Big Three Automakers Launch Employee Discount Programs For Consumers
Bill Pugliano  /  Getty Images
Sale signs lie on vehicles at a Chevrolet dealership in Ferndale, Michigan last month. GM's monthly sales fell despite its ongoing incentive offers giving consumers the chance to buy vehicles for the same price as its employees.
updated 9/1/2005 6:44:50 PM ET 2005-09-01T22:44:50

Automakers saw mixed sales results in August as the hype over this summer’s employee discounts faded and Hurricane Katrina ravaged dealerships in the South. Several companies reported a drop in truck sales, a likely result of rising gas prices.

The Big Three U.S. automakers’ sales dropped 6.8 percent compared to last August, although sales were up 3.5 percent for the first eight months of the year. All had expected some drop in sales as excitement waned for discount programs that let customers pay the employee price. General Motors Corp.’s discount began in June and Ford Motor Co. and DaimlerChrysler AG’s Chrysler Group matched the program in July.

Asian automakers, who didn’t match the discounts, saw their sales steadily increase in August.

GM’s sales dropped 16 percent in August, the victim of the hugely popular discount program reduced the automaker’s inventory.

“We were down a little bit from where we expected to be, and the industry was a little softer than we expected it to be,” said Paul Ballew, General Motors Corp.’s executive director of global market and industry analysis.

Ballew said 35 GM dealers were affected by the storm, and he estimated the hurricane may have caused sales to drop by as much as 500,000 vehicles industrywide. Forty Ford, Lincoln and Mercury dealers were affected by the hurricane, said George Pipas, Ford Motor Co.’s U.S. sales analysis manager. A handful of those hope to reopen by this weekend, he said.

GM’s car sales were down 15 percent from last August, and its truck sales were down 17 percent. GM’s overall sales were up 2.4 percent in the first eight months of the year.

Ballew said the drop was expected after phenomenal sales in June and July. GM’s sales were up 41 percent in June, when it began letting consumers pay the price offered to its employees for vehicles, and 19 percent in July.

“We knew we had a pretty tough challenge in terms of the month performance,” Ballew said.

Ford said U.S. sales of Ford, Lincoln and Mercury vehicles were up 3 percent as consumers continued to take advantage of an employee discount program that began a month later than GM’s.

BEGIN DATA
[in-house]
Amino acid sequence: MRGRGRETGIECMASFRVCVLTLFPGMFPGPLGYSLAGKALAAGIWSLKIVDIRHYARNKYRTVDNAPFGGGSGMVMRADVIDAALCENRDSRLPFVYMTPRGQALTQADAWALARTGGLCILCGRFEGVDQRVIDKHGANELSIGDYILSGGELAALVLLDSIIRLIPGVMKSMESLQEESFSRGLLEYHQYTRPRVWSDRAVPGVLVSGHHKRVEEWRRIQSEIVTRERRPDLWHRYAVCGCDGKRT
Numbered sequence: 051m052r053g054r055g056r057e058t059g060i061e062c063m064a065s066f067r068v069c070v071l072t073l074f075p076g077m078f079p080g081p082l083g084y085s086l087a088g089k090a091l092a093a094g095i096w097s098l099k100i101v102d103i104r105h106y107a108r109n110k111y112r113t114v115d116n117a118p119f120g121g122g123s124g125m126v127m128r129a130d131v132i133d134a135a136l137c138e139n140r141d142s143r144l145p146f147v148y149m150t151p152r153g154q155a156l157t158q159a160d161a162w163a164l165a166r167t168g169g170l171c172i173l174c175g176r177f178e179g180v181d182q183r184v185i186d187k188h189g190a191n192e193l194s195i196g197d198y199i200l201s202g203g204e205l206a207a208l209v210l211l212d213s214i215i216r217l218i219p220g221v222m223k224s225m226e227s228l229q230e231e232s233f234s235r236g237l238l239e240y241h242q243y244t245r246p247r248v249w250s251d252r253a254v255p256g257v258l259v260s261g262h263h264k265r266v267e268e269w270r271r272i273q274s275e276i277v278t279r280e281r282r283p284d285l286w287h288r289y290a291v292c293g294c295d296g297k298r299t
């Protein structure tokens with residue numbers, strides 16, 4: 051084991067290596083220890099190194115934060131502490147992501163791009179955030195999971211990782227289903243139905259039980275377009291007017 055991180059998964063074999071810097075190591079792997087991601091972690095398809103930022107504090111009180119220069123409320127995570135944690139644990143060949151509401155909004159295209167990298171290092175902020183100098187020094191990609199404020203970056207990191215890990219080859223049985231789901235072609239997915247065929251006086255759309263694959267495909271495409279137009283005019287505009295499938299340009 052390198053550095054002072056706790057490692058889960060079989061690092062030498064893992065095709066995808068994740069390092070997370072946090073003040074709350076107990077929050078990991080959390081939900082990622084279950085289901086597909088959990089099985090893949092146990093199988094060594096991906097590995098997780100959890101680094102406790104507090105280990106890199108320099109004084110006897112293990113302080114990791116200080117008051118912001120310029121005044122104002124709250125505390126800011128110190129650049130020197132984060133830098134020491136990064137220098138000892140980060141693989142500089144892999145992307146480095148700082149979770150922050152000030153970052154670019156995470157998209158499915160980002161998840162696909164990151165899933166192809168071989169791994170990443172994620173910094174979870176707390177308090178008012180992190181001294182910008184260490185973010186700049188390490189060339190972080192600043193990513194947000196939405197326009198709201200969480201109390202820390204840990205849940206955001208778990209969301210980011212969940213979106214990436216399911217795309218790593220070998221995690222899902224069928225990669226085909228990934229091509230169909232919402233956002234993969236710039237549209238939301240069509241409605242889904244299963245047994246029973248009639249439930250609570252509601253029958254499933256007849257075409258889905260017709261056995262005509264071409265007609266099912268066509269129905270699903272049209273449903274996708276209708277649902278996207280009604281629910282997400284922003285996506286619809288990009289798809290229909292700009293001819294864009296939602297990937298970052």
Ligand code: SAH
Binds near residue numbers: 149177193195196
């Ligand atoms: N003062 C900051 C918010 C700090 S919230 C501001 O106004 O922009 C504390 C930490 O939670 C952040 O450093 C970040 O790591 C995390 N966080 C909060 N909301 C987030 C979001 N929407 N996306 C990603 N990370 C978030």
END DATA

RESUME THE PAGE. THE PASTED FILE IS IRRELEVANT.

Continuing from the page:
Ford’s car sales were up 25.3 percent, but truck sales were down 4.3 percent, due to gas prices and increasing consumer preference for smaller crossover vehicles. Pipas said demand for sport utility vehicles is expected to fall 10 percent industrywide this year, and gas prices have accelerated that trend. Sales of crossover vehicles like the Ford Freestyle are expected to surpass sales of traditional SUVs by next year, Pipas said.

Chrysler said its sales were up 1 percent despite a similar program that had been in place since July. Chrysler’s car sales were up 6.3 percent, and truck sales were flat. Chrysler’s overall sales were up 7.9 percent in the first eight months of the year.

Toyota Motor Corp. also reported a 1 percent drop in truck sales, although its car sales were up 18.3 percent. Sales of the company’s hybrid Prius compact car were up 115 percent over last August. Toyota and other Japanese automakers didn’t offer employee discounts this summer.

“Even as the impact of employee pricing wanes and pump prices climb, the industry presses ahead on the strength of new products and hybrid technology,” said Jim Press, Toyota’s North American president and chief operating officer.

Gas prices didn’t pinch Honda Motor Co., whose truck sales jumped 18.9 percent over last August. Honda enjoyed its best U.S. sales month ever, with an overall increase of 18.5 percent. Honda’s sales were up 5.7 percent in the first eight months of the year.

Nissan Motor Co. also saw its truck sales rise 9.2 percent over last August. The automaker’s car sales were up 11.7 percent, helping Nissan’s overall sales climb 21 percent in the first eight months of the year.

Hyundai Motor Co. said its truck sales were up 9.4 percent in August, while its car sales were up 3.5 percent. Hyundai’s sales were up 10 percent for the January-August period.

GM and Ford have extended their employee-discount programs through Sept. 30. Both automakers are including some 2006 vehicles in that program for now, although Ford said Thursday it may cut back on discounts for 2006 vehicles. DaimlerChrysler AG’s Chrysler Group said it will end employee pricing on 2005 vehicles Oct. 3 and won’t discount any 2006 vehicles.

© 2013 The Associated Press. All rights reserved. This material may not be published, broadcast, rewritten or redistributed.

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